Russia sentences Ukraine pilot to 22yrs

2016-03-22 16:50
Ukrainian military pilot Nadiya Savchenko sits inside a defendant's cage during her sentencing hearing in Donetsk. (Vasily Maximov, AFP)

Ukrainian military pilot Nadiya Savchenko sits inside a defendant's cage during her sentencing hearing in Donetsk. (Vasily Maximov, AFP)

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Donetsk - A Russian court on Tuesday found a Ukrainian pilot guilty of complicity to murder in the deaths of two Russian journalists in eastern Ukraine, opening a path to a potential prisoner swap.

Nadezhda Savchenko, 34, was sentenced to 22 years in prison. 

Savchenko was serving in a Ukrainian volunteer battalion against Russia-backed rebels when she was captured by separatist rebels in July 2014. She later surfaced in Russia.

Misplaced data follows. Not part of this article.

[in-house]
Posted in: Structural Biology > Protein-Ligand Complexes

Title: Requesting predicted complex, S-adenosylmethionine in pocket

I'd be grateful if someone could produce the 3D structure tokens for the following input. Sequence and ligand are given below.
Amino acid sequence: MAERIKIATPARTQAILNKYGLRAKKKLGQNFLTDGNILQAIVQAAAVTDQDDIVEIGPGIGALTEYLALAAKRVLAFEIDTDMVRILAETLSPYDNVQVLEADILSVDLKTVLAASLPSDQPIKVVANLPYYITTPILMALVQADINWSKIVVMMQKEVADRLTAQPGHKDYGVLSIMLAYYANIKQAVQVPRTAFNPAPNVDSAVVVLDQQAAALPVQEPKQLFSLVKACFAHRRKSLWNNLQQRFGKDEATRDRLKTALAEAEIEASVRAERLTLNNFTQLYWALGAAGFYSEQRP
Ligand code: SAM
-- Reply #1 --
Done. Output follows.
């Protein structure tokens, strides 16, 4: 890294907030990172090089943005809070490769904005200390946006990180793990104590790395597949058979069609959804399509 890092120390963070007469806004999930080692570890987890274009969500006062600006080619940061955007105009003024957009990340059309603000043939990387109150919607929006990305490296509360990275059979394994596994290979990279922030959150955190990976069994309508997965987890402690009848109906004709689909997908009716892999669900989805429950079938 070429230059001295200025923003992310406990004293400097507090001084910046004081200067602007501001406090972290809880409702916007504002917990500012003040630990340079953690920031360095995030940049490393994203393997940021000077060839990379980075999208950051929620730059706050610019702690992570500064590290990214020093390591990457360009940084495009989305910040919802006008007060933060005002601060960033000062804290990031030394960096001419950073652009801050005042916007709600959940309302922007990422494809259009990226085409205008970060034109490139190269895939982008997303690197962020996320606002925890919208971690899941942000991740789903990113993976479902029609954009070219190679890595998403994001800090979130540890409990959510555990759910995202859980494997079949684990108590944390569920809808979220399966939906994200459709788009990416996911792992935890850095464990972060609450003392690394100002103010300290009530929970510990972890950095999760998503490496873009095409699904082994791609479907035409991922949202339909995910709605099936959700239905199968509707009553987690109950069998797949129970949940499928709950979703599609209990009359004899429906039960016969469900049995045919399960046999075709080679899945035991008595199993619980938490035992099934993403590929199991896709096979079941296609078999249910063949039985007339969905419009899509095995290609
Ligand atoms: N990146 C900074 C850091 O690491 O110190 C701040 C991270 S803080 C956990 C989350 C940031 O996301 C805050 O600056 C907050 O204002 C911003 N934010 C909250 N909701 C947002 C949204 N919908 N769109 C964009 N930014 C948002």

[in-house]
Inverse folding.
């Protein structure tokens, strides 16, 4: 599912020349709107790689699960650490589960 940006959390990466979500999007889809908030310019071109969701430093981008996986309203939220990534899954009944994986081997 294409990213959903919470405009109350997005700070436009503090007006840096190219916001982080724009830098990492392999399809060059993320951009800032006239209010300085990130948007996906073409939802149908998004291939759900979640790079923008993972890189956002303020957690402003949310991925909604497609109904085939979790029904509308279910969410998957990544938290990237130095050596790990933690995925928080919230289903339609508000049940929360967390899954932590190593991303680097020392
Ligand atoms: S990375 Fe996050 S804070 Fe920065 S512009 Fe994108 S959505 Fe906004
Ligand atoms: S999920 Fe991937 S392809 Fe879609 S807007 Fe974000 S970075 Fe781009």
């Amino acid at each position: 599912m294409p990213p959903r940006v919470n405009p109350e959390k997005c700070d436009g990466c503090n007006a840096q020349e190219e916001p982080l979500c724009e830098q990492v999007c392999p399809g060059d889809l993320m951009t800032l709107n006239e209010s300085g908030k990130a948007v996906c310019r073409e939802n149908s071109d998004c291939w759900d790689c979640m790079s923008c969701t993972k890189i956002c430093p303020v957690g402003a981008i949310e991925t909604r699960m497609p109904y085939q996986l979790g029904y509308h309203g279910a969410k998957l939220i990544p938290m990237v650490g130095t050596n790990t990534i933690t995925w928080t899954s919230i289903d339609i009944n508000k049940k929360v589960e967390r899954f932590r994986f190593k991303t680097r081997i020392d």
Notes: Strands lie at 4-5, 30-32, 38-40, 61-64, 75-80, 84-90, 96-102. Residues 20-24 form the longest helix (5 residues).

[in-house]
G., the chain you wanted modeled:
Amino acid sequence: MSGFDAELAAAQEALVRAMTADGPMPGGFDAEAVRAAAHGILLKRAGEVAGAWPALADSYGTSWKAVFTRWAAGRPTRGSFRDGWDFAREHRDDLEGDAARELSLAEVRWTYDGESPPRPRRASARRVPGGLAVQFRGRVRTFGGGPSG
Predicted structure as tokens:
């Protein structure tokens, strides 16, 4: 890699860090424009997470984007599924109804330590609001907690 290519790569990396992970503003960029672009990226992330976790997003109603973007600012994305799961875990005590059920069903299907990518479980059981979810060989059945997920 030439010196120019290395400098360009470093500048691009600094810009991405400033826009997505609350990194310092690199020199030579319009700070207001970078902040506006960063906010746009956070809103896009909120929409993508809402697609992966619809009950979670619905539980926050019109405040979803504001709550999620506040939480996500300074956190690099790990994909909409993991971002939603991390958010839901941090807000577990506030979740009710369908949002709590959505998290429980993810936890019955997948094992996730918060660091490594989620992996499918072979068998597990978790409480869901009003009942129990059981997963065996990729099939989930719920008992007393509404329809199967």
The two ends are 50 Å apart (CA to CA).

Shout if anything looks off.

Prosecutors said Savchenko called in co-ordinates for the shelling that killed two journalists and several civilians near the Russian border in July 2014. She denied being in the area at the time and insisted that she had been captured by the rebels a few hours before the mortar attack that killed the journalists and civilians.

Upon hearing the guilty verdict on Tuesday, Savchenko interrupted the judge and began belting out a Ukrainian song at the top of her voice. The judge, who was about to pronounce sentence, called a break in the hearing.

The Ukrainian government says Savchenko is a prisoner of war and should be released under current truce agreements in eastern Ukraine.

Speculation persists that Moscow might agree to exchange her for two Russians captured in eastern Ukraine and alleged to be active-duty soldiers despite Russia's persistent denial that it has sent troops or equipment to bolster the rebels. Russian officials have insisted that they would not even discuss a possible prisoner swap before the verdict was in.

Fighting between Russia-backed separatists and government troops in eastern Ukraine has killed more than 9 100 people.

The Savchenko case has attracted strong criticism from the West and is an open wound for Ukraine, which says she was captured by Russia-backed rebels in eastern Ukraine and turned over to Russia, and therefore should be treated as a prisoner of war.

Read more on:    russia  |  ukraine

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